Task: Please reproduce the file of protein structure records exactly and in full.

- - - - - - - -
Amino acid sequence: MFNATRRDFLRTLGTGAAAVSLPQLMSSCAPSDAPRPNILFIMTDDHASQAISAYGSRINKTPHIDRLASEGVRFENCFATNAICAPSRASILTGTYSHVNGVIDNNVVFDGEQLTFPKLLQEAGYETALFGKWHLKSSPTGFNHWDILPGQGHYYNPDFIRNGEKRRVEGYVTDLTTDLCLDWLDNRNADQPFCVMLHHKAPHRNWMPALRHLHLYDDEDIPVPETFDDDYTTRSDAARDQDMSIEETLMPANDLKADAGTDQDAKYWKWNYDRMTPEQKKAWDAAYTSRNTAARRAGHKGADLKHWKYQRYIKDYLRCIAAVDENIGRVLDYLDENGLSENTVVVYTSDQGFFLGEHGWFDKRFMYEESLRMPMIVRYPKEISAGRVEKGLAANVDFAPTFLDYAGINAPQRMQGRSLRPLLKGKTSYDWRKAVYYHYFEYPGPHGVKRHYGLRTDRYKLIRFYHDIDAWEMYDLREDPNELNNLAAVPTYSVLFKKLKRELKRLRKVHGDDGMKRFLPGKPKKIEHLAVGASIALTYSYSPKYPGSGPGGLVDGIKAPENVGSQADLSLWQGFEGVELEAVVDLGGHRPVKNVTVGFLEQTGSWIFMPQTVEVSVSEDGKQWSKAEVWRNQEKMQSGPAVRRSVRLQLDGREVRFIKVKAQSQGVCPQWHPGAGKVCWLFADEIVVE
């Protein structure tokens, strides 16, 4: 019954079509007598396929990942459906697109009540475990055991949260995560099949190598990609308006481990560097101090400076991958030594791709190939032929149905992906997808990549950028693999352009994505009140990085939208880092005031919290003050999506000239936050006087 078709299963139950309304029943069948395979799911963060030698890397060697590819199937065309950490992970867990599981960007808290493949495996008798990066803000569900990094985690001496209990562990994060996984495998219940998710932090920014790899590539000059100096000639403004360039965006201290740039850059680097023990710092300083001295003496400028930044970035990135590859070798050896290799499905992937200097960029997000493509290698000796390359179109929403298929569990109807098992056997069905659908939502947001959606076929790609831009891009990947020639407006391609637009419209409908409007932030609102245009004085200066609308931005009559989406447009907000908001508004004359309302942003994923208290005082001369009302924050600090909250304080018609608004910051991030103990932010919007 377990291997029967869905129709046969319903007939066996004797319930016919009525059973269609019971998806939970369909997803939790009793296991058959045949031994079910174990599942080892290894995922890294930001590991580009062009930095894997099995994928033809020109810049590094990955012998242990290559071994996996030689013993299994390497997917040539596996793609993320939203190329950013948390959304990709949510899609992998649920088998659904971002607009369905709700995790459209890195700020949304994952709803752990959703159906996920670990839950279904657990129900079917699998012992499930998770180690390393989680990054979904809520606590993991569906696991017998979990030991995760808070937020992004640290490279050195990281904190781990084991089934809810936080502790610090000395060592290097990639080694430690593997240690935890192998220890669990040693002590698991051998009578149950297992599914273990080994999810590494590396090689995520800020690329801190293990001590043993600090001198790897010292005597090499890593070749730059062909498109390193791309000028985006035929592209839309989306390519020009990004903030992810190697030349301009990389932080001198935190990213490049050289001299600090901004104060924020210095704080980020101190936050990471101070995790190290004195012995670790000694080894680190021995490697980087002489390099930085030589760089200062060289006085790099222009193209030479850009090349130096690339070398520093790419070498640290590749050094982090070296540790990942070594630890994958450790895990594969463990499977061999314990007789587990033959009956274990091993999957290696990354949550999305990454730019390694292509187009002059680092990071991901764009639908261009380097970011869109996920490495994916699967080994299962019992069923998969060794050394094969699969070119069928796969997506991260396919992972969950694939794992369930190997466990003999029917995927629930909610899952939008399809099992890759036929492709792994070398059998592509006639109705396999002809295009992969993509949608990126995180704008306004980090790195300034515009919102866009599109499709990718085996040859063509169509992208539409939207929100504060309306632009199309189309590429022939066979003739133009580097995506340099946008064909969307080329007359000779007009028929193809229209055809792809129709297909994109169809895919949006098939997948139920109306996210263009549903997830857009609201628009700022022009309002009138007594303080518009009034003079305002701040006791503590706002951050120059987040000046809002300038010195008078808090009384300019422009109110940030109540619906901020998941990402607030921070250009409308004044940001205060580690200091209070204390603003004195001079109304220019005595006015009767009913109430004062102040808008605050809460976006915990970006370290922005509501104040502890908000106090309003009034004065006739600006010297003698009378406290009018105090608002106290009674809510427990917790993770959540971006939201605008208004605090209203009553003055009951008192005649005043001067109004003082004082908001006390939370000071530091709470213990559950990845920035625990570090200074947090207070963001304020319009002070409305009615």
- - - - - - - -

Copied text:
Amino acid sequence: MFNATRRDFLRTLGTGAAAVSLPQLMSSCAPSDAPRPNILFIMTDDHASQAISAYGSRINKTPHIDRLASEGVRFENCFATNAICAPSRASILTGTYSHVNGVIDNNVVFDGEQLTFPKLLQEAGYETALFGKWHLKSSPTGFNHWDILPGQGHYYNPDFIRNGEKRRVEGYVTDLTTDLCLDWLDNRNADQPFCVMLHHKAPHRNWMPALRHLHLYDDEDIPVPETFDDDYTTRSDAARDQDMSIEETLMPANDLKADAGTDQDAKYWKWNYDRMTPEQKKAWDAAYTSRNTAARRAGHKGADLKHWKYQRYIKDYLRCIAAVDENIGRVLDYLDENGLSENTVVVYTSDQGFFLGEHGWFDKRFMYEESLRMPMIVRYPKEISAGRVEKGLAANVDFAPTFLDYAGINAPQRMQGRSLRPLLKGKTSYDWRKAVYYHYFEYPGPHGVKRHYGLRTDRYKLIRFYHDIDAWEMYDLREDPNELNNLAAVPTYSVLFKKLKRELKRLRKVHGDDGMKRFLPGKPKKIEHLAVGASIALTYSYSPKYPGSGPGGLVDGIKAPENVGSQADLSLWQGFEGVELEAVVDLGGHRPVKNVTVGFLEQTGSWIFMPQTVEVSVSEDGKQWSKAEVWRNQEKMQSGPAVRRSVRLQLDGREVRFIKVKAQSQGVCPQWHPGAGKVCWLFADEIVVE
């Protein structure tokens, strides 16, 4: 019954079509007598396929990942459906697109009540475990055991949260995560099949190598990609308006481990560097101090400076991958030594791709190939032929149905992906997808990549950028693999352009994505009140990085939208880092005031919290003050999506000239936050006087 078709299963139950309304029943069948395979799911963060030698890397060697590819199937065309950490992970867990599981960007808290493949495996008798990066803000569900990094985690001496209990562990994060996984495998219940998710932090920014790899590539000059100096000639403004360039965006201290740039850059680097023990710092300083001295003496400028930044970035990135590859070798050896290799499905992937200097960029997000493509290698000796390359179109929403298929569990109807098992056997069905659908939502947001959606076929790609831009891009990947020639407006391609637009419209409908409007932030609102245009004085200066609308931005009559989406447009907000908001508004004359309302942003994923208290005082001369009302924050600090909250304080018609608004910051991030103990932010919007 377990291997029967869905129709046969319903007939066996004797319930016919009525059973269609019971998806939970369909997803939790009793296991058959045949031994079910174990599942080892290894995922890294930001590991580009062009930095894997099995994928033809020109810049590094990955012998242990290559071994996996030689013993299994390497997917040539596996793609993320939203190329950013948390959304990709949510899609992998649920088998659904971002607009369905709700995790459209890195700020949304994952709803752990959703159906996920670990839950279904657990129900079917699998012992499930998770180690390393989680990054979904809520606590993991569906696991017998979990030991995760808070937020992004640290490279050195990281904190781990084991089934809810936080502790610090000395060592290097990639080694430690593997240690935890192998220890669990040693002590698991051998009578149950297992599914273990080994999810590494590396090689995520800020690329801190293990001590043993600090001198790897010292005597090499890593070749730059062909498109390193791309000028985006035929592209839309989306390519020009990004903030992810190697030349301009990389932080001198935190990213490049050289001299600090901004104060924020210095704080980020101190936050990471101070995790190290004195012995670790000694080894680190021995490697980087002489390099930085030589760089200062060289006085790099222009193209030479850009090349130096690339070398520093790419070498640290590749050094982090070296540790990942070594630890994958450790895990594969463990499977061999314990007789587990033959009956274990091993999957290696990354949550999305990454730019390694292509187009002059680092990071991901764009639908261009380097970011869109996920490495994916699967080994299962019992069923998969060794050394094969699969070119069928796969997506991260396919992972969950694939794992369930190997466990003999029917995927629930909610899952939008399809099992890759036929492709792994070398059998592509006639109705396999002809295009992969993509949608990126995180704008306004980090790195300034515009919102866009599109499709990718085996040859063509169509992208539409939207929100504060309306632009199309189309590429022939066979003739133009580097995506340099946008064909969307080329007359000779007009028929193809229209055809792809129709297909994109169809895919949006098939997948139920109306996210263009549903997830857009609201628009700022022009309002009138007594303080518009009034003079305002701040006791503590706002951050120059987040000046809002300038010195008078808090009384300019422009109110940030109540619906901020998941990402607030921070250009409308004044940001205060580690200091209070204390603003004195001079109304220019005595006015009767009913109430004062102040808008605050809460976006915990970006370290922005509501104040502890908000106090309003009034004065006739600006010297003698009378406290009018105090608002106290009674809510427990917790993770959540971006939201605008208004605090209203009553003055009951008192005649005043001067109004003082004082908001006390939370000071530091709470213990559950990845920035625990570090200074947090207070963001304020319009002070409305009615």